Adapt and Grow: A Hearty Welcome to 2018
Greetings, Happy Holidays, and a Happy New Year to all of you from us here on the farm!
The past year was full of new beginnings and lots of changes. We welcomed Betty Jane Newman on April 17. We sold our condo, Chris’ home of ten years and the last vestige of our former lives in the city. And the farm found itself featured in all kinds of media outlets, from NPR to Quartz to even the front page of Yahoo! News via the Huffington Post for an array of our writings on the ecology of vegetarianism, the intersection of race, class, and food, and a number of others.
But we’re sure the change everyone’s most interested in is our move to the Northern Neck and how it’ll affect your ability to get your hands on our bacon. Here are the four ways things will change next year:
- Simplified Ordering
- Expanded Service Area
- Farm Memberships
- Product Collections
Our top priority for 2018 is to make ordering very easy. You’ll be able to:
- Order directly from our website
- Know exactly how much your order costs and pay for it right away, on the website.
- Have your order shipped right to your front door, pick it up during one of our in-town pickup windows, or come directly to the farm. Whichever you like.
No more filling out a clunky Google Form, waiting for emailed invoices, and hoping we don’t run out of things in between. We’re spending the entire winter tuning our inventory and fulfillment operation to make ordering a joyful experience.
Expanded Service Area
We’ve always had a commitment to local. Our definition of local means serving places that are a.) within a 2.5 hour drive of the farm, and b.) we have a personal connection to. With the farm moving to the Neck, that means we’ll be servicing the following areas:
- Northern Neck Peninsula — the farm’s home base
- Washington, D.C. Metro Area — Chris’ hometown
- Charlottesville, VA Area — Annie’s hometown and the birthplace of our farm
- Richmond, VA — Annie’s college town and home to most of her best friends
- Southern Maryland — Chris’ ancestral homelands
- Baltimore, MD — home of the largest indigenous populations in Maryland
- Norfolk/Hampton Roads — most of Chris’ mom’s family is here; home to Coston Beamon’s farm
We’ll continue to rotate in-person to one of these areas just about every week, but you won’t have to wait for us to do so to get an order in. USPS shipping will be offered to each location every single week! Place your order by noon Wednesday and receive your order in a chilled insulated container by Friday.
A farm membership will be of interest to anyone that spends more than a couple hundred dollars a year with us. To become a farm member, you deposit money with the farm up front and, in return, get a 3–10% bonus with each purchase. Your membership also doubles as a herd share, which means you get access to specialized products (like charcuterie) that aren’t available to the general public. This is similar to a CSA, except you get to choose exactly what you want to buy, you can sign up at any time, and it provides a fixed discount on every purchase.
We’re doing two things to make it easier to get our food onto your plate. Over the years we’ve listened to scores of customers tell us what they’re looking for based on function (e.g. I need something for the slow cooker; I need stuff for breakfast; I need something my freaking kid will eat; I need something that’s hard to mess up). To that end we’re offering Collections — groups of products centered around a specific function: boxes for smoking, braising, broth, essentials, breakfast, quick dinners, fancy dinners, kids, and more). Our hope is that this will make it easier to find what you want and shave a few precious minutes off the ordering process.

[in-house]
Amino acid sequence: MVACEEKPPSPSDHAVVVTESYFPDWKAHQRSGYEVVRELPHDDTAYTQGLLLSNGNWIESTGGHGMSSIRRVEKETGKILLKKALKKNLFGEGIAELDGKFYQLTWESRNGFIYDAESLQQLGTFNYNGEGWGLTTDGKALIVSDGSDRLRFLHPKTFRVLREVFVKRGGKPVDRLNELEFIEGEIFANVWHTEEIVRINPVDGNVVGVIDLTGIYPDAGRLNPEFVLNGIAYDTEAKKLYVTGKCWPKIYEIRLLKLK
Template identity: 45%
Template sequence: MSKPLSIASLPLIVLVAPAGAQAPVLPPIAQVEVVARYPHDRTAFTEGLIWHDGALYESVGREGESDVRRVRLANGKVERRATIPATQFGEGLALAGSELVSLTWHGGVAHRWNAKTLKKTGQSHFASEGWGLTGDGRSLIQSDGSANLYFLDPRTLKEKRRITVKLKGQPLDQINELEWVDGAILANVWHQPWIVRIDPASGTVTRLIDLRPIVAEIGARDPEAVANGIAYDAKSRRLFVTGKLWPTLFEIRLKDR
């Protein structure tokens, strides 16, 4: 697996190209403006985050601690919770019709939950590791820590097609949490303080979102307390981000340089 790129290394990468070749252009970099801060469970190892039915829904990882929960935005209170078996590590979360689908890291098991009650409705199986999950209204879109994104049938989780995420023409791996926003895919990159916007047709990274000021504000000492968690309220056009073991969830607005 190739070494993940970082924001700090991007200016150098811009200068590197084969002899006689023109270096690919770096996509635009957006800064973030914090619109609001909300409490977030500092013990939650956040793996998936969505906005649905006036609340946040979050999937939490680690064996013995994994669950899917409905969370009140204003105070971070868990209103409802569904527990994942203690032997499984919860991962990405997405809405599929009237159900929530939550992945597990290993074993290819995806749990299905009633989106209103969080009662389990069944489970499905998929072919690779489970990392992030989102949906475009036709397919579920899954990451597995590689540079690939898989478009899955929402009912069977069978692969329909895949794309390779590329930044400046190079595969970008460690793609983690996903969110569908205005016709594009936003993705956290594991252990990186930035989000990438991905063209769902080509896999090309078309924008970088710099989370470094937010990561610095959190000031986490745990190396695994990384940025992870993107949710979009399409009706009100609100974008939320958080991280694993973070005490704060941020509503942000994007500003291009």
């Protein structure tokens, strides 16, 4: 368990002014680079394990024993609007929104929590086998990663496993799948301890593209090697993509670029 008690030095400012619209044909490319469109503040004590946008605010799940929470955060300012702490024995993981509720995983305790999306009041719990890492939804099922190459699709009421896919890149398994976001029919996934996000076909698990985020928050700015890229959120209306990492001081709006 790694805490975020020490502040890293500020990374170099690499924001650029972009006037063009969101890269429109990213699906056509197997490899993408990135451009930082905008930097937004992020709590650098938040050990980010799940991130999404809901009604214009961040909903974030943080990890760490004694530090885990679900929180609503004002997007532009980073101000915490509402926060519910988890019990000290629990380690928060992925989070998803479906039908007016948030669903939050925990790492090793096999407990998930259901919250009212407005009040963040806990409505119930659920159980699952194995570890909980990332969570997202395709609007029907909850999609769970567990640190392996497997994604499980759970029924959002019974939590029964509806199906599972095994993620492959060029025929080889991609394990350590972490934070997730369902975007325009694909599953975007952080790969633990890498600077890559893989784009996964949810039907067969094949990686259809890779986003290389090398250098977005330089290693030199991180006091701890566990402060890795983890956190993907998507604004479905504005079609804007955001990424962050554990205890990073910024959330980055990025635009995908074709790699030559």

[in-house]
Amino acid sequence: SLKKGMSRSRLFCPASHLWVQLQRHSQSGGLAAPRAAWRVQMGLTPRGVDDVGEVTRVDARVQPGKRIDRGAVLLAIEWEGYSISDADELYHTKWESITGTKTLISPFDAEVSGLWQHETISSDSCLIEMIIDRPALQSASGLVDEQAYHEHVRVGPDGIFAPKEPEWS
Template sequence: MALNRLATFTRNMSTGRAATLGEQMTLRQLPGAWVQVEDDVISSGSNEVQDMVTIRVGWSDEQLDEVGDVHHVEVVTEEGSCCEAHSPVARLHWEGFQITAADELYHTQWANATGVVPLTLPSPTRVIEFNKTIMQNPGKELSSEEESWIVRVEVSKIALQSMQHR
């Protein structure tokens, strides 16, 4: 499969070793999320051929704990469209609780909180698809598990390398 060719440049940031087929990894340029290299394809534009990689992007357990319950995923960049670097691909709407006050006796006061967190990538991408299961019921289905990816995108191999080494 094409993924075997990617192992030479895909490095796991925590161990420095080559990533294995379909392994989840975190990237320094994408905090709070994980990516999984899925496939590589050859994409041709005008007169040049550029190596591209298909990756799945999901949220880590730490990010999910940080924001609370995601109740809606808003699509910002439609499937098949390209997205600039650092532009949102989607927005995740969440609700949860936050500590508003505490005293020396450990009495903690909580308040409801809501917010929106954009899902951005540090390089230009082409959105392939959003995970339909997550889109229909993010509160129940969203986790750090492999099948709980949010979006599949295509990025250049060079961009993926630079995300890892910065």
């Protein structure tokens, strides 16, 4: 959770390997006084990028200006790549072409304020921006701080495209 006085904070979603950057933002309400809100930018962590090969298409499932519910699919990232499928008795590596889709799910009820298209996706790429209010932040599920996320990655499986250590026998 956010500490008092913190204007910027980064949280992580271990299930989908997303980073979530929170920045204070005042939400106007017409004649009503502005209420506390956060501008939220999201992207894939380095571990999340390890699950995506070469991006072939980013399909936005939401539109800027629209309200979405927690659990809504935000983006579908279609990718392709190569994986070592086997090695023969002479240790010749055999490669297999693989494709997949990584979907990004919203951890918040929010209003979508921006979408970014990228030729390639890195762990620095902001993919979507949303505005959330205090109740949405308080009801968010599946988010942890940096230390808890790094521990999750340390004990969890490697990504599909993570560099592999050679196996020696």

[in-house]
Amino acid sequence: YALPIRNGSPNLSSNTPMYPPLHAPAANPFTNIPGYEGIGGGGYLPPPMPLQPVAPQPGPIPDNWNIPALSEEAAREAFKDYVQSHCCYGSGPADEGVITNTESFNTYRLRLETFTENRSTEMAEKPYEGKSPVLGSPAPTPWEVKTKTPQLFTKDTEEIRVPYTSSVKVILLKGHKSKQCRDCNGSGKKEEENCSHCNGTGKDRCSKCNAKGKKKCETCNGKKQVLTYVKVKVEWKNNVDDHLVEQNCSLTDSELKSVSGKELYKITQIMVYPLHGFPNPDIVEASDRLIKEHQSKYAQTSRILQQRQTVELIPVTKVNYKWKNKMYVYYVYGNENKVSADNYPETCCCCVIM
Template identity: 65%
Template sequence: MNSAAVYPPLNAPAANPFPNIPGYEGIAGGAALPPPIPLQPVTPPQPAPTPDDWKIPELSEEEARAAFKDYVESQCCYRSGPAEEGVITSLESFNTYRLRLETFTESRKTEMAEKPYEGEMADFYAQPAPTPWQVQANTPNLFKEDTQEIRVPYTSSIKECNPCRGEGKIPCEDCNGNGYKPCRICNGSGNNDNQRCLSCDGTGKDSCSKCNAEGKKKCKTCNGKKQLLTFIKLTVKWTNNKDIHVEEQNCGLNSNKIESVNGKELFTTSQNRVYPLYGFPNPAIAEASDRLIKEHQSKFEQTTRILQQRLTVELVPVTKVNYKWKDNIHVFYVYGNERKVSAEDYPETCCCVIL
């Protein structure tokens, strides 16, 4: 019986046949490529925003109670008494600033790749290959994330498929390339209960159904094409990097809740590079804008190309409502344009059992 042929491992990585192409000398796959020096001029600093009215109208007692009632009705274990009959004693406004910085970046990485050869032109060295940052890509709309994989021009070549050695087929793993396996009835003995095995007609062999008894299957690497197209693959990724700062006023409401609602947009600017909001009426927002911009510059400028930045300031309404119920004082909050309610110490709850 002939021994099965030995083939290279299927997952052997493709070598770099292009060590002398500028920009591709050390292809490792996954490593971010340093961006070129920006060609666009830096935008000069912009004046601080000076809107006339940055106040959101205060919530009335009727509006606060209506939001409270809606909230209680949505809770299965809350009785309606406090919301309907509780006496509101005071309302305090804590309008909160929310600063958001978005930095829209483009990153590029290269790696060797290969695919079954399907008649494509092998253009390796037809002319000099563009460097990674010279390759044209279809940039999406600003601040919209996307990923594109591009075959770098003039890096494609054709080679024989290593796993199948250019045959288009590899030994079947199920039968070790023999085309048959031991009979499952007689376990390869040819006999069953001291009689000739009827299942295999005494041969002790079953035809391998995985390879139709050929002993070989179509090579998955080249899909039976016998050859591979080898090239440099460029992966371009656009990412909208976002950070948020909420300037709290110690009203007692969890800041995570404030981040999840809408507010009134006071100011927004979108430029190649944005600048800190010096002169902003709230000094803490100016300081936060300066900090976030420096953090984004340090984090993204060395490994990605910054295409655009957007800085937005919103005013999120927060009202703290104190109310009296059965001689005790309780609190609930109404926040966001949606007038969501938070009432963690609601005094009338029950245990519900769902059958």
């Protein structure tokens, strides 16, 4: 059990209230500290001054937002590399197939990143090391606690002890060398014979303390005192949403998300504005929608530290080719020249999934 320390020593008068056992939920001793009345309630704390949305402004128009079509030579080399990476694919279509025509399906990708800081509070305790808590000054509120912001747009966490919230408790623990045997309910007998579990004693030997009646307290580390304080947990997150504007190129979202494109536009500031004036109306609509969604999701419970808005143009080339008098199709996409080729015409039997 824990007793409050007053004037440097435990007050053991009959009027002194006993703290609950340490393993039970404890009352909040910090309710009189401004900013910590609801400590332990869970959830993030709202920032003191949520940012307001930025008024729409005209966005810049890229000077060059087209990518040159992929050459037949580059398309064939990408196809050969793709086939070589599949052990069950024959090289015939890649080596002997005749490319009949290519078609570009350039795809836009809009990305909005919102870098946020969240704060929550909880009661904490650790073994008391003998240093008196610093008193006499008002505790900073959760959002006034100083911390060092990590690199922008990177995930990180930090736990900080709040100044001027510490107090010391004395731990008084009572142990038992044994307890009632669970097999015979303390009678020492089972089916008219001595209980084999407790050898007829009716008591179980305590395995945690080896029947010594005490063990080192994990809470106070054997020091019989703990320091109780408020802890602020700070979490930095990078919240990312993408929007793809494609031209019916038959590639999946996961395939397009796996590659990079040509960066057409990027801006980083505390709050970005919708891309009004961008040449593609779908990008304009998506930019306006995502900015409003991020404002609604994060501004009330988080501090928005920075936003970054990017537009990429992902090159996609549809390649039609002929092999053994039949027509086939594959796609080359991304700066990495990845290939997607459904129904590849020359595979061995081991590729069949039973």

Furthermore, every item in our catalog will include recipes. You’ll find everything from how to roast a small chicken without drying out the breast, to how to break down a whole pig shoulder to feed your family for a couple months. It’ll all be right on the website.
All of the above — the new ordering experience, expanded service areas, memberships, and product collections will debut in Spring and be announced in our next newsletter. Keep close tabs on your email!
Moving the farm to the Northern Neck is an incredible opportunity. Stratford Hall, the historic estate we’ll be farming, totals some 1,900 acres, most of which is passively managed as forest with a few hundred acres in pasture. A land base this large accommodates decades of growth and will permit us to concentrate on product quality, training new farmers, and establishing footholds in new markets in the region.
The move, however, isn’t without its short-term risks. Our business plan calls for a significant expansion of production: 4,000–5,000 broiler chickens, 5,000 dozen eggs, 60–90 pigs, 200–300 turkeys, and the introduction of a produce operation. These numbers represent an increase of 50% on the low end (pigs) to 1,000% on the high end (turkeys), with a doubling of production being more in the middle (broilers and eggs).
The expansion also calls for a corresponding increase in our retail sales, which have traditionally been driven by farmers markets. We assumed going into this that, if we were going to continue using farmers markets, we’d have to secure a spot in a high-volume urban market that could generate $1,200–2,500 per weekend in sales. We also assumed that getting into one of these markets would be a long shot. Entry into these markets is extremely competitive and their slots are dominated by incumbents. We’ve applied to a number of markets for the sake of completeness (we assumed Stratford Hall wouldn’t give us the time of day either, but look how that turned out), but the general consensus is that the best we can hope for is to be plugged in as an alternate for a market when a space unexpectedly opens up.